A True War Story

A true war story is never moral. It does not instruct, nor encourage virtue, nor suggest models of proper human behavior, nor restrain men from doing the things men have always done. If a story seems moral, do not believe it. If at the end of a war story you feel uplifted, or if you feel that some small bit of rectitude has been salvaged from the larger waste, then you have been made the victim of a very old and terrible lie. There is no rectitude whatsoever. There is no virtue. As a first rule of thumb, therefore, you can tell a true war story by its absolute and uncompromising allegiance to obscenity and evil. ”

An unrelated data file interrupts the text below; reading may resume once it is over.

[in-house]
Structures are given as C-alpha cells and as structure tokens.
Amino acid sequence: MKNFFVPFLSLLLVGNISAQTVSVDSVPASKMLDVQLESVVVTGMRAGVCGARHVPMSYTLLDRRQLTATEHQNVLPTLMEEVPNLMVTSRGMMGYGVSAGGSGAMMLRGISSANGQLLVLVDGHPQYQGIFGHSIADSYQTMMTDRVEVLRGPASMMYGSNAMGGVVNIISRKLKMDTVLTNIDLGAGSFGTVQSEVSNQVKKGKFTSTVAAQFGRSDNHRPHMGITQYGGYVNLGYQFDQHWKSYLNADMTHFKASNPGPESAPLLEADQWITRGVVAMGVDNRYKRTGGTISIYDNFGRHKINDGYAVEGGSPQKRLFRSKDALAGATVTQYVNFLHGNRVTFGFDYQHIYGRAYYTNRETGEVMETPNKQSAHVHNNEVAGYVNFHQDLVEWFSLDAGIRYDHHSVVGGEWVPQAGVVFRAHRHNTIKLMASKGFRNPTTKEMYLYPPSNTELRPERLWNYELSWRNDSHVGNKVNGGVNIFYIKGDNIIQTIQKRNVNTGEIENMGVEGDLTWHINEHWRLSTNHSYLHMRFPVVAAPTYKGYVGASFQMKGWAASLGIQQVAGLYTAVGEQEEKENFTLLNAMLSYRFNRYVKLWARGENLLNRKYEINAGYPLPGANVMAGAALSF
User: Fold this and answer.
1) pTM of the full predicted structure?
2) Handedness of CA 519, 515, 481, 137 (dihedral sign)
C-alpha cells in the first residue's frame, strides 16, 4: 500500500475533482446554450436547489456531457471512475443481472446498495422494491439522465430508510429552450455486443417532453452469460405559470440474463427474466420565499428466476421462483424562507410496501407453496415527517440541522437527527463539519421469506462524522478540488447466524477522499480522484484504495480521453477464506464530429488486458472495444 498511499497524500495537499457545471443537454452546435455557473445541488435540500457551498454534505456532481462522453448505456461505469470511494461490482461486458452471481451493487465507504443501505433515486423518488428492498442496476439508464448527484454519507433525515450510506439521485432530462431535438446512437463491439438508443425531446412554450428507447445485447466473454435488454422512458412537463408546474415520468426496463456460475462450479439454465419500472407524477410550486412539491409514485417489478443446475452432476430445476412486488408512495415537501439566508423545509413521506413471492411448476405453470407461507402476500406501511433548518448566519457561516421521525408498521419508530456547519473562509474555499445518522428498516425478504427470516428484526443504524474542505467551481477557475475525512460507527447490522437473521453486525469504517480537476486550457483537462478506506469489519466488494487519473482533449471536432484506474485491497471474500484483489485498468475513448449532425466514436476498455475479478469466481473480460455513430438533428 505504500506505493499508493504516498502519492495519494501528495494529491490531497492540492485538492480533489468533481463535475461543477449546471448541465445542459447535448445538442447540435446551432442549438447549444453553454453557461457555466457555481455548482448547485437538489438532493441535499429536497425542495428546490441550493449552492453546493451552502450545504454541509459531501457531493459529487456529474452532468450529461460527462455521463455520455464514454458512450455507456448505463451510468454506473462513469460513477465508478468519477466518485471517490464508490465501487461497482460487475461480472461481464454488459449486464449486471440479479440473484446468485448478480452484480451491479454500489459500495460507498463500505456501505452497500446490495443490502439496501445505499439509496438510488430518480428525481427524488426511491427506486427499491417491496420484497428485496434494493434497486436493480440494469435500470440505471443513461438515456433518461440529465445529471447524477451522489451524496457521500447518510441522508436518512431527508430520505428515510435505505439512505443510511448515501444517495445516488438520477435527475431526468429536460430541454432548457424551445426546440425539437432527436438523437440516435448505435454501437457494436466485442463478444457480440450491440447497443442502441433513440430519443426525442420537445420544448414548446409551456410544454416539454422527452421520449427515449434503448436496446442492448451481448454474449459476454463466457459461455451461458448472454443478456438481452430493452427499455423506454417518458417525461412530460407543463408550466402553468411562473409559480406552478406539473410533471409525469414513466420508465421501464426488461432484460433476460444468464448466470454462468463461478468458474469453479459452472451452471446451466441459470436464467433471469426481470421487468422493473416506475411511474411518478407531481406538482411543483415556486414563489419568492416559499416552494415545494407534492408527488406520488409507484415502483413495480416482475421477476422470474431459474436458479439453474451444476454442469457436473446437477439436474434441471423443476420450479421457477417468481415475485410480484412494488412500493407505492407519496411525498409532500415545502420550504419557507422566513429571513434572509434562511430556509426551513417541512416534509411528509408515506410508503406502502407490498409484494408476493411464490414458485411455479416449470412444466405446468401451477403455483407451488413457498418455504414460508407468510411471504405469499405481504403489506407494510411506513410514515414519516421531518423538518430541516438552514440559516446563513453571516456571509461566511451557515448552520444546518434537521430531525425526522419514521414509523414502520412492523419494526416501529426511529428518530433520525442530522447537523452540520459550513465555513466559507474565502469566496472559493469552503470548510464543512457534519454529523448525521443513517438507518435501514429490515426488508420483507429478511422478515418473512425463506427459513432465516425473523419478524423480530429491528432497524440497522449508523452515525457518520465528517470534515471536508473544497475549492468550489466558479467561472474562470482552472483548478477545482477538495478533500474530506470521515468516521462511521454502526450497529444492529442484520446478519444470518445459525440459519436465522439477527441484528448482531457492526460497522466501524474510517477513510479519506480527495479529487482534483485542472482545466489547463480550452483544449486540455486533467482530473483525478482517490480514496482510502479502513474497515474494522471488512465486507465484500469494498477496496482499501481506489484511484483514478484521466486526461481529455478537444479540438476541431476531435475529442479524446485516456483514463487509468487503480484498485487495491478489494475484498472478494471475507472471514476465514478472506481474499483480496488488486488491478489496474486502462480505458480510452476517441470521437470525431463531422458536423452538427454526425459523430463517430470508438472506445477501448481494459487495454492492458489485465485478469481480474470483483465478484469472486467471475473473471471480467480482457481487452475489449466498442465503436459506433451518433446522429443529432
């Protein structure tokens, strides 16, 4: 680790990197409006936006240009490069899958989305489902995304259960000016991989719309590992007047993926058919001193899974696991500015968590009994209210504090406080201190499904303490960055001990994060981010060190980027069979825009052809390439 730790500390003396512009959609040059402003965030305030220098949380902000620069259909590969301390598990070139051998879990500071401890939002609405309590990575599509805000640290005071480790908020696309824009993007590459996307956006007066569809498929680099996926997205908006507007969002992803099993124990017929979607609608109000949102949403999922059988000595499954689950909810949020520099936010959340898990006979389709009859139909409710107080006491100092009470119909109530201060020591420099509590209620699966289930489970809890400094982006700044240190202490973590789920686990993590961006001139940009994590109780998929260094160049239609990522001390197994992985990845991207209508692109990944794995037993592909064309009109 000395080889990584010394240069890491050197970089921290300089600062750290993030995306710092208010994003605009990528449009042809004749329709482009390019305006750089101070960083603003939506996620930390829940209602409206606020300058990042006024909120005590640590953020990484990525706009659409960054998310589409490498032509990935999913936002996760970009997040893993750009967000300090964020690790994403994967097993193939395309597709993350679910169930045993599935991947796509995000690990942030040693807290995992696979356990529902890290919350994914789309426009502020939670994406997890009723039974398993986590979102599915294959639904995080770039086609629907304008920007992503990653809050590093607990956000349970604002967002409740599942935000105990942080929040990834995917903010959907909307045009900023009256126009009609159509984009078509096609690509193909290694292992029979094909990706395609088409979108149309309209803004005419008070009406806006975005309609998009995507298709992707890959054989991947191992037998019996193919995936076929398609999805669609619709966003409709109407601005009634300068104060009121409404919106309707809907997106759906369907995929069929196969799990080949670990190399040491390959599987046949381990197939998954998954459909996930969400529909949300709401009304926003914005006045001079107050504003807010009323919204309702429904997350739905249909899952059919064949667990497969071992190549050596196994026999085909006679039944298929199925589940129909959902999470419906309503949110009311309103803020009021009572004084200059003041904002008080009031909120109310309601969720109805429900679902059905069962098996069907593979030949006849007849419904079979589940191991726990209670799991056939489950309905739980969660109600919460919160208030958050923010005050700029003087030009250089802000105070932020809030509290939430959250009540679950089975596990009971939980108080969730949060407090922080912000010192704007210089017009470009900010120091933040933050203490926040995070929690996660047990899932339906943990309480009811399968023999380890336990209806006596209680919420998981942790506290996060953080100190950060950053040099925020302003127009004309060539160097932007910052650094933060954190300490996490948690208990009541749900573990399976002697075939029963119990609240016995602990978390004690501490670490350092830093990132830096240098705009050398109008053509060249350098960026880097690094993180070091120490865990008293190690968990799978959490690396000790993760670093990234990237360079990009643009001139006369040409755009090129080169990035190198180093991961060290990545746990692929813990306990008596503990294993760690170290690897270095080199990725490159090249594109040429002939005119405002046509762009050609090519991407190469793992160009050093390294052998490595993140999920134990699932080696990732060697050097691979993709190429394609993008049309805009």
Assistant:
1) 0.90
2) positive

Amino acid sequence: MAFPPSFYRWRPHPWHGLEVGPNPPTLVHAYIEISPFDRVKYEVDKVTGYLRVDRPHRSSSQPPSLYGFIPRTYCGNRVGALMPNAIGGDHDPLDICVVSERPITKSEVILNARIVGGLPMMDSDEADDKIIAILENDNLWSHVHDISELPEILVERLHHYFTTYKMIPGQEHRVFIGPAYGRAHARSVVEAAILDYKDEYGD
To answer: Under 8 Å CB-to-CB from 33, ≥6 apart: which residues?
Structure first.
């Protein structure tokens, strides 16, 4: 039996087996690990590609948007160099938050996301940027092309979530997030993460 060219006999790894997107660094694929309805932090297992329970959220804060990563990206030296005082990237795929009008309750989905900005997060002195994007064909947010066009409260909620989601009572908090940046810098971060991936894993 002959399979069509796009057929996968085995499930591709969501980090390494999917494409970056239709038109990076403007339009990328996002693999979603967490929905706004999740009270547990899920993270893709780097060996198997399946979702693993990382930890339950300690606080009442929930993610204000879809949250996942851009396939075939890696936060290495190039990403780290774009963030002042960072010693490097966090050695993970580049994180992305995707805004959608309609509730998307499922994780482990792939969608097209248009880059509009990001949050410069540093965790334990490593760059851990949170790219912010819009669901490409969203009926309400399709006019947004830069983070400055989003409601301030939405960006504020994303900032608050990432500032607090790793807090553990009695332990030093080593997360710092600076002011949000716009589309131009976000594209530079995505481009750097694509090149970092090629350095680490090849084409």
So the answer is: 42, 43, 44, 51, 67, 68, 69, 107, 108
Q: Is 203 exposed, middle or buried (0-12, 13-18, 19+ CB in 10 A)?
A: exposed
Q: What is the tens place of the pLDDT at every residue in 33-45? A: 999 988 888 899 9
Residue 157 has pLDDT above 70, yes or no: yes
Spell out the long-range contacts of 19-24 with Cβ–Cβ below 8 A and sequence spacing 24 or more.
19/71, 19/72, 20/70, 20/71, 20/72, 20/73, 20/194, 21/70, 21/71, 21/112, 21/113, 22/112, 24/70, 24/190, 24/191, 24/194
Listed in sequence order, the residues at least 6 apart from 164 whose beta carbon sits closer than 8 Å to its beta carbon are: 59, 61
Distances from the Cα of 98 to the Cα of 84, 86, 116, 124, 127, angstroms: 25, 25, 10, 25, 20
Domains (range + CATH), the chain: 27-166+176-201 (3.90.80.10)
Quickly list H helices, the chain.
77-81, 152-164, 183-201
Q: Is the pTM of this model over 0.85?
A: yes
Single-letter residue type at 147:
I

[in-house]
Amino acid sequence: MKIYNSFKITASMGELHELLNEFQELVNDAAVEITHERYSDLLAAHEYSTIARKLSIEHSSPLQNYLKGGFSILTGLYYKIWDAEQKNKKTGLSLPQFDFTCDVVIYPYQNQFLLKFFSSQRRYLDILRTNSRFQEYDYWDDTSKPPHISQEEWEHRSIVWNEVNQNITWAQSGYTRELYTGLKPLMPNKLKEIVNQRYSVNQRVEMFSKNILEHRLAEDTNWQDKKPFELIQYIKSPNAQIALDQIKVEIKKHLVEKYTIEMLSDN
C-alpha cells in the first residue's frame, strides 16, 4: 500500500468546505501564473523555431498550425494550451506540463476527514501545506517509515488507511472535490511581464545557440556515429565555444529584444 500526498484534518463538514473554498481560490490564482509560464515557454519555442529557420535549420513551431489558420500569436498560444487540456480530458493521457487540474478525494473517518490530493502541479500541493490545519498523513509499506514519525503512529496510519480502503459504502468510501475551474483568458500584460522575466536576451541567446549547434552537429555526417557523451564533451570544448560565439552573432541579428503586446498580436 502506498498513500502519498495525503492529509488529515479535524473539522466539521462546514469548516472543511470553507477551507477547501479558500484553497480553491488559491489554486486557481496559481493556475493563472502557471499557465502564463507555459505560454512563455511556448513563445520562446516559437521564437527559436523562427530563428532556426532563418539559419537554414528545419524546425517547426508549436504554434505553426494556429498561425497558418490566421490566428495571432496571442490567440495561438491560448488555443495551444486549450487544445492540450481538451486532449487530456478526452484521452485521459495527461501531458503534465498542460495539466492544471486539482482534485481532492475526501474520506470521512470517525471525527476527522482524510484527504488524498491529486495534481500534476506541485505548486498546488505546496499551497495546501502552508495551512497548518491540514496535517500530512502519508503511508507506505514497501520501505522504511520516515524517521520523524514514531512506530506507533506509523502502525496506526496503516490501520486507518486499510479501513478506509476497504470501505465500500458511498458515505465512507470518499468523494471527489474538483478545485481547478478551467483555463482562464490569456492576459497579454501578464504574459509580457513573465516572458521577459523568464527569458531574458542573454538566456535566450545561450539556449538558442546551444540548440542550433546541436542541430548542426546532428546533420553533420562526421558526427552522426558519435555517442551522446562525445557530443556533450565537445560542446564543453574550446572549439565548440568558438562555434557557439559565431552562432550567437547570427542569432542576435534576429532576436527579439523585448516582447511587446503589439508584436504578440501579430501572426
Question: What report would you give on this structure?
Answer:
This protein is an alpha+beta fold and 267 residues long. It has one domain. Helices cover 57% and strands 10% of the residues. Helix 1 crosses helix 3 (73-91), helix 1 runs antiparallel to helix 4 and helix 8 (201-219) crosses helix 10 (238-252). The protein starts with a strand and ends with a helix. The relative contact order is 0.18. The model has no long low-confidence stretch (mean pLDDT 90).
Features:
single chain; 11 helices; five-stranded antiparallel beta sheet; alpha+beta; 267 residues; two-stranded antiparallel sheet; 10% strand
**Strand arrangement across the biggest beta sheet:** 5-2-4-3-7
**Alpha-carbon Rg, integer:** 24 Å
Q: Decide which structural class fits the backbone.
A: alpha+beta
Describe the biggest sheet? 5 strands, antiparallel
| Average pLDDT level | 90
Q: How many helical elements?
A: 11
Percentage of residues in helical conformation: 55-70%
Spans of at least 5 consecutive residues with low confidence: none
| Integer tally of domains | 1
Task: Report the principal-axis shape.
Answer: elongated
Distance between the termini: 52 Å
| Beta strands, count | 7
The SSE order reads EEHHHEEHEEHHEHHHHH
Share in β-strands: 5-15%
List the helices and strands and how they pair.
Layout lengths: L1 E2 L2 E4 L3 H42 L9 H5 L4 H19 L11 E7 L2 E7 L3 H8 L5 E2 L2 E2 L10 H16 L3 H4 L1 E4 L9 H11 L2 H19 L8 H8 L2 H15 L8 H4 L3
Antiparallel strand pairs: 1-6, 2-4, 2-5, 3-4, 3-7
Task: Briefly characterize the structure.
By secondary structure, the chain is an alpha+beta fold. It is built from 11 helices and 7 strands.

― Tim O’Brien, The Things They Carried.

A Melody of Tears

Land charred with the smoke of hope, dirt moist by red.

A valley filled with mist of anguish.

Tamed memories. Abandoned flesh. Sunken eyes. Soaked with hatred, naked, lonely days and treacherous nights stripped of life.

This is a tale, a single cry, of ashes dissolving into the land, a melody of tears, the day of red and black.

These are the visions of Great War.

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